Having been on the “patient” end of this, I can assure you that as a patient with a history of necrotic gut, chron’s, and a-fib, I will never go into another ER complaining of abdominal pain again. I will always arrive by ambulance and tell the intake that I have severe chest pain.. I waited 3 hours after triage and then went into a coma in the ER. 7 hours of surgery found major blood clots in my 1 working kidney and more necrotic gut. All this after being told it was all in my head. NO — it was in my gut.

  • kullervo

    When my father went into the ER one day at noon with abdominal pain, he was medicated, given a CT and an ultrasound, and parked overnight with a diagnosis of cholecystitis. He was taken into surgery twenty-four hours later. Luckily the surgeon had a look around with the laparoscope and found the thrombus in the inferior mesenteric vein and the jejeunal volvulus. My father did great after surgery. His surgeon looked a little pale.

  • SickMomma

    So what I’d like to know is does having a patient like that, who was easy to write off initially but turned out to be seriously ill change the way you look (and treat) other patients? And if so, for how long before you get cynical again that everyone is a drug seeker and/or making a mountain out of a mole hill?

    • L.

      So – I’m hoping some of the ED docs will reply. My VERY subjective view of this – based on reading too many medblogs and their attendant comments from practicing physicians – is NO it doesn’t change their behavior.

      They will play the odds. Odds are that the patient is a drug seeker, or hysterical (and always female) and attention-seeking, or exaggerating their symptoms – so if a few “real” patients die due to their mission of keeping pain meds out of the hands of those unworthy souls and wasting time on the others – then so be it. They die. That’s the price of vigilance. Some of them may feel bad about it for a while.

      There are dozens of Emergency doctor blogs around. Most have a recurring theme of frustration of having to deal with the dregs of society. It seems they become very cynical very quickly. it can’t be an easy job.

  • jsmith

    I recently had a crazy young Korean woman come into my office moaning and crying and carrying on about the pain in her upper abdomen. I’ll be danged if she didn’t have appendicitis!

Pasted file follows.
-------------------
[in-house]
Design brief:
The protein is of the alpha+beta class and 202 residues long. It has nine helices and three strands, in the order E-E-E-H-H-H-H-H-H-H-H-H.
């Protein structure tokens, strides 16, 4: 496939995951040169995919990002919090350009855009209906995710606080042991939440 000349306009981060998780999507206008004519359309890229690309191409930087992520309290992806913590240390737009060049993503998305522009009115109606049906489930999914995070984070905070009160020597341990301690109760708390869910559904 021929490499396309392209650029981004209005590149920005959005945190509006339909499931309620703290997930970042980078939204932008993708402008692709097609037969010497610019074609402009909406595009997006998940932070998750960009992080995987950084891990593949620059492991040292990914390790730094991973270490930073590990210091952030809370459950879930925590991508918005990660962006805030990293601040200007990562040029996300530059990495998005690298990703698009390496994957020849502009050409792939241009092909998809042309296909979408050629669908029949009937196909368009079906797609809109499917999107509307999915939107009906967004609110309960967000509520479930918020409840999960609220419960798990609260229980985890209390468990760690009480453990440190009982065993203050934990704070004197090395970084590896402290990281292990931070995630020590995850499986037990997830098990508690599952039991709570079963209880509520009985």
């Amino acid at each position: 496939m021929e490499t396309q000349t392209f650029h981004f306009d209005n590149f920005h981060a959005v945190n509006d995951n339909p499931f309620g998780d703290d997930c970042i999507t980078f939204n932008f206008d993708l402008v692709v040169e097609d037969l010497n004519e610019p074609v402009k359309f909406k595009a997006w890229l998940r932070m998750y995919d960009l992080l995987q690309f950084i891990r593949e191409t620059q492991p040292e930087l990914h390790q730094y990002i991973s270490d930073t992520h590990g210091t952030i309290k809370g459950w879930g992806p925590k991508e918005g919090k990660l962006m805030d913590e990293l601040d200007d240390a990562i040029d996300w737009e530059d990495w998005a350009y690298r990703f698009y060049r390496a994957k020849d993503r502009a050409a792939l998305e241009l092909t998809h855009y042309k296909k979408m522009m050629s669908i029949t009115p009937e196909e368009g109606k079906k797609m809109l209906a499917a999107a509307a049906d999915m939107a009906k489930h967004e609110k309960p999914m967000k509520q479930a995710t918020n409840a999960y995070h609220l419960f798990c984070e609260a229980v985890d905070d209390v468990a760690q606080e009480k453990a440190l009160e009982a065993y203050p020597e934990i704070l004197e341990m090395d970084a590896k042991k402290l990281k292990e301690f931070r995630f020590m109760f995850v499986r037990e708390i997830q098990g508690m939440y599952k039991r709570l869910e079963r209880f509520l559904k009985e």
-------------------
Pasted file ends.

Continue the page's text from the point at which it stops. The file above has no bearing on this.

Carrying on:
My nurse practitioner just had another crazy young woman who kept coming back into the clinic complaining of dyspepsia. Danged if she didn’t have acute cholecystitis!

  • Lola

    If a patient that you’ve never met before is getting under your skin, the least you owe them is to act professionally. What do you possibly expect a hysterical, sick, vulnerable patient to do when you up the ante by blowing them off.

  • Dr. J

    As an ED doc I can tell you that most hysterical ED patients are hysterical, and they are having severe mental anguish about something that you will likely never find out about. I can also tell you that severe anxiety is a hallmark of some serious and terrible pathology. Vascular emergencies in particular, aortic disection, carotid disection, pulmonary embolus and mesenteric ischemia all seem to have an overlay of anxiety that seems disproportionate to initial physical exam.

    The nervous patient makes me nervous. At the very least it makes history gathering more difficult, and it widens the confidence interval I have in any particular diagnosis.

  • Anon

    If you never find out the cause of the severe mental anguish, how do you know it’s mental? Along with your examples, what about undiagnosed endocrine and neurological diseases?

    Many of those may be better handled outside the ED , but how is the patient supposed to know that prior to getting a diagnosis?

    Nervous doctors make nervous patients even more nervous. Politeness always helps.

    • Dr. J

      I think you are misunderstanding my comments. I am in no way being impolite to patients, and I never appear nervous at work, I am saying that the highly anxious patient raises my barometer for badness (ie. makes me nervous). My job in part is to be the coolest cat in the room regardless of the situation, my calmness is a tool that I use to calm everyone down so we can get things done in terrible situations.